EUGENE, Ore. -- There is no more Deady Hall. The signs are covered and the name Deady Hall on the plaque signifying the building as a national historical landmark has been taped over.
It brings to an end a debate that reached prominence in 2016, but one that has been felt for longer than that.
"It was a word of mouth thing," said University of Oregon alumnus Blair Barnes, who served in the student government during the first debate over Deady Hall. "Everyone pretty much knew. I would say the difference was Black students felt more -- this problem was a bit more personal to us."
"It's a good step but this has been something that's been on everyone's mind before I came into the ASUO. Like 2015, early 2016, before I even thought -- knew -- that activism was a thing, this was being talked about."
James Vos was also a student at the time and feels that while the opportunity is welcome now, the chance to make a true statement was missed back in 2016. At the time, and on a recommendation from University President Michael Schill, the Board of Trustees opted to keep Matthew Deady as the building namesake. In his recommendation, President Schill argued that the work of Matthew Deady's later life, such as his advocacy for Chinese immigration and his role in helping found the university, outweighed his pro slavery stances earlier in life.
"It was wrong to let it pass you by back then, in 2016," Vos said. "Like we're not so far removed from that. You kind of make the decision knowing full well you're gonna have to go all the way and do it eventually. So why not do it?"
But many feel there is something different about this moment in history that is driving these decisions. University Trustee Andrew Colas brought the decision back to the attention of the board at the beginning of the month, stating that he didn't feel good with the decision then, and he didn't now.
"I feel like people are thinking ever so slightly more critically," Vos explained. "I don't want to give the world too much credit because there is so much more work to do and so much more work against it as well. But I think there's a willingness to read things in their full."
The University of Oregon is one of many colleges that is reexamining the history and symbolism of their building namesakes. In Mississippi, student athletes and college football coaches are helping lead the charge towards changing the state flag. But the decisions are still being met with skepticism, due to the political expediency of many of these choices.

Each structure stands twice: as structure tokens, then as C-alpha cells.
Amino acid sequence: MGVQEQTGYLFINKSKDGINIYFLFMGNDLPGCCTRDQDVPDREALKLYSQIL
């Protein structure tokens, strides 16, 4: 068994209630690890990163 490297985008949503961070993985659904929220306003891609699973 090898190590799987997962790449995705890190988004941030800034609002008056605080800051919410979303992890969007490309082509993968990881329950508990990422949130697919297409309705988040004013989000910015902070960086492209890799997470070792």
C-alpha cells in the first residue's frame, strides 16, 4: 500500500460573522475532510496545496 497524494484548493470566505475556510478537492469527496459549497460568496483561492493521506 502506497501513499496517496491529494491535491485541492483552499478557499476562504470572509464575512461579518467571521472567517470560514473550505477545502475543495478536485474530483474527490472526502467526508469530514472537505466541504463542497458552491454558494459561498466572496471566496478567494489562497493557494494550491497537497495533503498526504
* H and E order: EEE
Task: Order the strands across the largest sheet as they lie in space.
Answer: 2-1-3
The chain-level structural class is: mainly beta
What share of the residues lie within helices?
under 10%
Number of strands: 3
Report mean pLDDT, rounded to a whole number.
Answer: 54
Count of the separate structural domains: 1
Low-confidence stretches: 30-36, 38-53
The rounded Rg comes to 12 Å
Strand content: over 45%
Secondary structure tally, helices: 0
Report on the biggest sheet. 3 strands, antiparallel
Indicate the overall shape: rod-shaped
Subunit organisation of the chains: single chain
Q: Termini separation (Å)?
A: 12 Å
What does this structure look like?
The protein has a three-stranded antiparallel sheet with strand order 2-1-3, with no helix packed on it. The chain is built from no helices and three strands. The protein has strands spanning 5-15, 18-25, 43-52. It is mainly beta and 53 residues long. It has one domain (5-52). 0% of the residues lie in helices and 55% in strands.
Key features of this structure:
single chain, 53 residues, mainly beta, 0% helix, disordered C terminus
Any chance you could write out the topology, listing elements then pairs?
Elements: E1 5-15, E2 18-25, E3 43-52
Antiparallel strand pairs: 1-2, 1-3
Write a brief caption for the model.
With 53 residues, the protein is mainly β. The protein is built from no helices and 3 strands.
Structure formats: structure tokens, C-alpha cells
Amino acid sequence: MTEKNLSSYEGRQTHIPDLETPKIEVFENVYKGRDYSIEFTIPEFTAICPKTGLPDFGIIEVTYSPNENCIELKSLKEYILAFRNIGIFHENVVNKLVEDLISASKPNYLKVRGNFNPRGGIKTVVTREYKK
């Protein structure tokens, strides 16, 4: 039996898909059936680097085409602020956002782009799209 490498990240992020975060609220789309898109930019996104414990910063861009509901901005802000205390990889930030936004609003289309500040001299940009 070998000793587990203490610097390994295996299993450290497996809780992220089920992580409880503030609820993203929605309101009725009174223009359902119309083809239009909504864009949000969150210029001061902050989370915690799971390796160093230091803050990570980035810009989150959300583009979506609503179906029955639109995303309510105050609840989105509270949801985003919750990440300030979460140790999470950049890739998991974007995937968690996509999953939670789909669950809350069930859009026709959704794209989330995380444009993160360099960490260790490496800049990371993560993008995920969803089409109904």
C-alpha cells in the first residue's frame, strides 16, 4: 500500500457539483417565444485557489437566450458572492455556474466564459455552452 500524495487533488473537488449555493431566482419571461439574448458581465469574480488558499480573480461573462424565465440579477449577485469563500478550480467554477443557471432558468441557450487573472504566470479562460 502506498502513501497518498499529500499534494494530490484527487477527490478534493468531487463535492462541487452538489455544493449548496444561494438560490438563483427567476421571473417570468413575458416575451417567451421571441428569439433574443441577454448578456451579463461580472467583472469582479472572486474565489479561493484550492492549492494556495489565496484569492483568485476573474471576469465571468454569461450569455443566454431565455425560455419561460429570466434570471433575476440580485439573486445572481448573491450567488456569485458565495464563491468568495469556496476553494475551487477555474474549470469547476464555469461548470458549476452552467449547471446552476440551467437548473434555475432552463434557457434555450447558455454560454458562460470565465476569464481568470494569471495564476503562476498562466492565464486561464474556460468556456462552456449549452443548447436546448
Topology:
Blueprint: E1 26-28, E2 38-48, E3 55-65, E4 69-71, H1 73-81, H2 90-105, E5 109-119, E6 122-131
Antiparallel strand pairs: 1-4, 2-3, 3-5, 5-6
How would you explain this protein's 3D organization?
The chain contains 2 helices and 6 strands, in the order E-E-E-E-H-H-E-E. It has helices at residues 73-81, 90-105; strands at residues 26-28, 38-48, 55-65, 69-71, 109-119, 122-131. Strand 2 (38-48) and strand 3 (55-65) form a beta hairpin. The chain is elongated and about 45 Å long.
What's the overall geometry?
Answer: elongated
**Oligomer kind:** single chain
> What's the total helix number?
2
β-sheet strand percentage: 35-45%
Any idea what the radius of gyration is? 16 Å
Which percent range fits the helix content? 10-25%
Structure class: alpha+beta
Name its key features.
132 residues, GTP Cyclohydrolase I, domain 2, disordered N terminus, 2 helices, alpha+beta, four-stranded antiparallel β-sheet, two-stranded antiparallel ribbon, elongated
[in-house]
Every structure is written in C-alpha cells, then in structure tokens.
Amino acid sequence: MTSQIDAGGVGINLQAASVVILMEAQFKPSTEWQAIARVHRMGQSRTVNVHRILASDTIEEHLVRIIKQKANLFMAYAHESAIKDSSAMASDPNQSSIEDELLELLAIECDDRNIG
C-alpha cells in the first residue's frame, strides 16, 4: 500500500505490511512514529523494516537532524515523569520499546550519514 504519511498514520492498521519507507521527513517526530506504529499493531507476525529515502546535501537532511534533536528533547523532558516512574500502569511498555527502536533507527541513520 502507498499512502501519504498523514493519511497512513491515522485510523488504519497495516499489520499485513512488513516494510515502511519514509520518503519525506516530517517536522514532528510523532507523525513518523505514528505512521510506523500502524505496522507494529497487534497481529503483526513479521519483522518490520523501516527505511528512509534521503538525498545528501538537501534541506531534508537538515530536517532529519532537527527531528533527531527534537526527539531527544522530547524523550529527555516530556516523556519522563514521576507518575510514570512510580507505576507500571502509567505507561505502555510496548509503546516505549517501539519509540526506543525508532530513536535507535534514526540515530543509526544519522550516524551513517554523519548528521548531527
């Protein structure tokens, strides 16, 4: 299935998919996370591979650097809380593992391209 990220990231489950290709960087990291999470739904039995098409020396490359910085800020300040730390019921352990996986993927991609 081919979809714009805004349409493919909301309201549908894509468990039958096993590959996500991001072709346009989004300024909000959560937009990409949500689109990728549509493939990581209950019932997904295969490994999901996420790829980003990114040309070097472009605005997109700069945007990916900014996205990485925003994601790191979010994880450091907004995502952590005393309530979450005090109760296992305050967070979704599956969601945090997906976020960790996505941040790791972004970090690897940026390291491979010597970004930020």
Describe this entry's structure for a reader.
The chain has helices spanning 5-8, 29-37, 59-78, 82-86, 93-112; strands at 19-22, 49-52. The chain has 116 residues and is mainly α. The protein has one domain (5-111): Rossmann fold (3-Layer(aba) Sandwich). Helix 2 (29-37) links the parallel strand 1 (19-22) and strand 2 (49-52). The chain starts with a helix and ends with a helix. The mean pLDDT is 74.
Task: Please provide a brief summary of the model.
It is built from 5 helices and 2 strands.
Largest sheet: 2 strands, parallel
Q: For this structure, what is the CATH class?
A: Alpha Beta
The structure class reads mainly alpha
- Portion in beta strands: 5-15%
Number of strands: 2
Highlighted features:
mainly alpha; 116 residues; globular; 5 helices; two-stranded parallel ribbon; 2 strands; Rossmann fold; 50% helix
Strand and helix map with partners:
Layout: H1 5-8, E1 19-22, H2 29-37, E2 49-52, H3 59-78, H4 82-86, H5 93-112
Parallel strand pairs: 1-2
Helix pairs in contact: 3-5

"Institutions around the country and they're all renaming their buildings and acknowledging colonization and it's effects," Barnes follows up. "And I think because it's such a trend, folks are looking at this like why now? You know?"
At the most recent Board of Trustees meeting, President Schill addressed his change of recommendation from 2016. He also explained the need to contextualize history in its' totality.
"I'm mindful of another principle that could be weakened of a vote of the board to remove Matthew Deady's name from Deady Hall," Schill said. "And that principle is that we need to learn from history and not cover it up. It is embedded not just within the buildings of history but within people who do important things like found a university. We need to make sure that future generations know who Matthew Deady was, who did great good for our state and our university, but also a man that supported causes and ideologies that were abhorrent."
"It's now apparent to me that as long as Matthew Deady's name remains in a place of honor on our campus, our black students and other students of color will not feel valued."
President Schill also said he would ask UO faculty to create "an appropriate learning experience on campus to describe Judge Deady and his legacy."
Trustee Andrew Colas also released a statement of his own following the announcement that Deady Hall would be denamed while awaiting another meeting to discuss new names.
"This decision is a big step in the right direction for the University of Oregon," Colas said in his statement. "There is significant work ahead, but it starts with recognizing the important contributions Black people have made and how critical their success, freedom and well-being factors into everyone else's."
As of right now, the next steps are still to be determined, but Vos and Barnes have some ideas as to whom they would like to see be honored on one of the school's oldest and most distinguished buildings.
"I think having a Black woman named in place of Deady would be tremendous and I think would serve the people justice," Barnes said. "A Black woman that has been integral to the success of Black folks and other folks that look to us for inspiration."
Vos mentioned former University of Oregon educator and civil rights activist Dr. Edwin Coleman II, who was one of the leading Black voices in Eugene and a major supporter of the Black Student Union and Black Student Task Force.
As people weigh the dilemma of personal growth juxtaposed against a wonder of what took so long, Barnes hopes to see introspection of the privileged help drive the engine for change at the highest levels.
"The time is now to kind of go against these systems and really ask yourself what's your contribution to the structure that you sit upon."